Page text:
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Wanna Glide Through Renzo Piano&#146s New Whitney Downtown? UPDATED

Now you can!

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Architect Renzo Piano’s rendering of the planned new Whitney Downtown

Listen to Whitney Museum director Adam Weinberg narrate the video below, giving a preview of the brave new Whitney. (Groundbreaking: May 24) The clip was produced despite Renzo Piano‘s usual distaste for fly-throughs, Weinberg told the local Community Board on Monday. He confided that the floors will be wood (not studio-style concrete, as they appear below). The ceilings will also be different.

These cavernous spaces look suitable for monumental works, but we can only hope they will be subdivided for the Edward Hoppers and John Marins. (The smaller uptown spaces may not be an option, because negotiations are reportedly proceeding to cede the Breuer-designed Whitney flagship building, at least temporarily, to the Metropolitan Museum for its modern and contemporary collections.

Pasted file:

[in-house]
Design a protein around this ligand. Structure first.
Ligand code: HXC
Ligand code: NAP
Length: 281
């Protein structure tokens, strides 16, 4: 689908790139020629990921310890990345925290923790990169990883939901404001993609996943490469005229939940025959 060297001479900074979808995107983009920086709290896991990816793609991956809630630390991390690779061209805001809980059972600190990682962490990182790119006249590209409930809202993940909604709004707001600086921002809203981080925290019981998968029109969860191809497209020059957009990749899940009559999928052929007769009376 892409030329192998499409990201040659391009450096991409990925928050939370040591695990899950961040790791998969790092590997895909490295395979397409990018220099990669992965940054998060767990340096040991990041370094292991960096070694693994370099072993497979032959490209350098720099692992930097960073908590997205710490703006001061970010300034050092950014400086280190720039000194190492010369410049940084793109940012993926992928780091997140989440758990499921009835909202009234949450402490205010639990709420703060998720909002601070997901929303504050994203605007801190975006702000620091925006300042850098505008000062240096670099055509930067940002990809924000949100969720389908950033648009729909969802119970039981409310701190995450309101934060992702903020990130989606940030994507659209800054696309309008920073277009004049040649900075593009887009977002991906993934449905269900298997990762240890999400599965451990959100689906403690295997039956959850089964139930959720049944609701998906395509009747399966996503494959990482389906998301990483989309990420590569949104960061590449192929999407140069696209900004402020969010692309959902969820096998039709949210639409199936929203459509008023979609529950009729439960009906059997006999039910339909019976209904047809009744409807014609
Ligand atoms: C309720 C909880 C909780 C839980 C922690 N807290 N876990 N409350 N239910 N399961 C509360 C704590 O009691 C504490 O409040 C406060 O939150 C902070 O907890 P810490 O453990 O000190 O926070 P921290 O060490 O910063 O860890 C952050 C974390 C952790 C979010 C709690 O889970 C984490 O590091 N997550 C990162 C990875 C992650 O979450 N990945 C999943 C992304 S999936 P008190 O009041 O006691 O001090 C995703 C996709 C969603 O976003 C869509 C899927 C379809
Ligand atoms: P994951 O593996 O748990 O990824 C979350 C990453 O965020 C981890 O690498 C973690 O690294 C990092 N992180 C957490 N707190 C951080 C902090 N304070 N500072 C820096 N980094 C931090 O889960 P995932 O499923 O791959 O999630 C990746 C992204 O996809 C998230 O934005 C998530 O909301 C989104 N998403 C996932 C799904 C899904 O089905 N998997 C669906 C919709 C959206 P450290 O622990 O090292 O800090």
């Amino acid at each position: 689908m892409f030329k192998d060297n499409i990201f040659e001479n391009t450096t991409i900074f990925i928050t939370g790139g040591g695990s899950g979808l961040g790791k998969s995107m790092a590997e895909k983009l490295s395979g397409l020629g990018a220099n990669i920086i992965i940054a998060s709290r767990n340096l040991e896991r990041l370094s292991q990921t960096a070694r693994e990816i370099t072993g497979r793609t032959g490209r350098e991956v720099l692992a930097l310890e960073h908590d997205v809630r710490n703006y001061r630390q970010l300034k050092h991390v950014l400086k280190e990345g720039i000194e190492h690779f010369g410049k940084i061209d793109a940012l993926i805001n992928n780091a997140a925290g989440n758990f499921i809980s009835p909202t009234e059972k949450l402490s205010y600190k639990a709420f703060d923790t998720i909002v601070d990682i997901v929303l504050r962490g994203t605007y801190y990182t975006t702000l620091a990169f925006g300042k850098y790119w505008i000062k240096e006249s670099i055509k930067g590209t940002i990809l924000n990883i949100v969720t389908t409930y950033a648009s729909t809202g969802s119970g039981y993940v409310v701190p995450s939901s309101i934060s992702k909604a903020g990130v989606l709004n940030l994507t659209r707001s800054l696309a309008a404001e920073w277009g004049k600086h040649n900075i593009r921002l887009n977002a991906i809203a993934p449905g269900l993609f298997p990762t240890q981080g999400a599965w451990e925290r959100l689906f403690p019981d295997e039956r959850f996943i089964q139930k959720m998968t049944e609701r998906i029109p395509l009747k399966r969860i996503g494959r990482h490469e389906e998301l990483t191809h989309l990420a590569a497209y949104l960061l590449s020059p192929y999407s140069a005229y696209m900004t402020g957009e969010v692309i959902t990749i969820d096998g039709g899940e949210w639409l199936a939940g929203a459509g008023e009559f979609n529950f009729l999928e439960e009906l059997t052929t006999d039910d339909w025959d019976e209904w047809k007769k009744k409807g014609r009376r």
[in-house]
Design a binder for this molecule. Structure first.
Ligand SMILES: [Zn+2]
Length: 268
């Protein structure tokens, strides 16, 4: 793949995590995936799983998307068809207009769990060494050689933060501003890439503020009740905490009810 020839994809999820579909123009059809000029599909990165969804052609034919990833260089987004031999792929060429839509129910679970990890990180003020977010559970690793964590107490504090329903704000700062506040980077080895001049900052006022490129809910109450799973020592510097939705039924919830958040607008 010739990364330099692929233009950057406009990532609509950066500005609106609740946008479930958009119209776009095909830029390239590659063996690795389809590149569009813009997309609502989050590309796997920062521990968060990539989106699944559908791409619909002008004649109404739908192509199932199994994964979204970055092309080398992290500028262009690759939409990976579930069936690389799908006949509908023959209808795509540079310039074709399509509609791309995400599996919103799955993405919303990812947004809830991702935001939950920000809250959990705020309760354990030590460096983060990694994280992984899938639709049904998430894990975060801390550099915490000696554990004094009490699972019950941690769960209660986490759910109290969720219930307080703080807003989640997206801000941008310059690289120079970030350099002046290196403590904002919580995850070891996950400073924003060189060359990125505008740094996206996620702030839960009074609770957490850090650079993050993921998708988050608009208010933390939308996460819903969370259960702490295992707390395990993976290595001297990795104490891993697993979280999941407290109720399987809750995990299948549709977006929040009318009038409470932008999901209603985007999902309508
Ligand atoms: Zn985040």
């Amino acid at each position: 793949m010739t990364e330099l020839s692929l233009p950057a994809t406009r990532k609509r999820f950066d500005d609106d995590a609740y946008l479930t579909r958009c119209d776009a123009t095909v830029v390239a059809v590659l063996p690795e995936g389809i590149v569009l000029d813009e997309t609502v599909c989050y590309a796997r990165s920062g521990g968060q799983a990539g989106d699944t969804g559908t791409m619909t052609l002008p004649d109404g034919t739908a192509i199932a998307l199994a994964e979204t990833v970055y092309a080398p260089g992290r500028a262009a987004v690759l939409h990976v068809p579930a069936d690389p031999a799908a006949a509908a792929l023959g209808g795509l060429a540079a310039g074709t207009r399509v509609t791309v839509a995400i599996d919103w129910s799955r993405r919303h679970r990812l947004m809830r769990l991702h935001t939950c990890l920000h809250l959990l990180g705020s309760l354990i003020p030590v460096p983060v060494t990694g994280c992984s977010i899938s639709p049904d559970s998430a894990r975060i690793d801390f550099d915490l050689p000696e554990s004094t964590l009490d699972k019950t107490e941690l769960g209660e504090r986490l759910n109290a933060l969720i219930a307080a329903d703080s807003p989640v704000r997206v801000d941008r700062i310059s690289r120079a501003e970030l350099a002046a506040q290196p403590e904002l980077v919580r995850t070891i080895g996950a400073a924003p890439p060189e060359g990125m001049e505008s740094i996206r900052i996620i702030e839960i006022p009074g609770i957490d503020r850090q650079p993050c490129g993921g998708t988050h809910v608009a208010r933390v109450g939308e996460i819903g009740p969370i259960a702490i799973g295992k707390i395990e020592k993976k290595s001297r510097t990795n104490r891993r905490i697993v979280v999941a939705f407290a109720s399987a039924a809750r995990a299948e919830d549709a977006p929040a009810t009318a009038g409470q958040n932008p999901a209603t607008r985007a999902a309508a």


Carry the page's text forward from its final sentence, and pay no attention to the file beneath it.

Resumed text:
Speaking of Marins, where are watercolors and other light-sensitive works going to be shown? The galleries in the walk-through look drenched in sunlight: great river views; not so great for viewing art.

We can only hope that the fundraising keeps chugging along: Weinberg told the community board that 70% of the $680-million target has been raised (as reported by Erica Orden in the Wall Street Journal).That would mean approximately $100 million has been come in since last May, including the proceeds from the museum’s sale of its adjoining townhouses, which were once expected to be used for an on-site Madison Avenue expansion.

The plan is to open in 2015.

UPDATE: Why has this video gone dark?

The cladding of light-colored metal panels comes straight out of the Piano playbook: Think Morgan Library and Museum in New York and High Museum in Atlanta.

For much more (including photos) about the latest news of the Downtown Whitney, go to Pete Davies‘ post, Whitney Unveils New Designs, Divorces the Highline!, on the Curbed NY blog.

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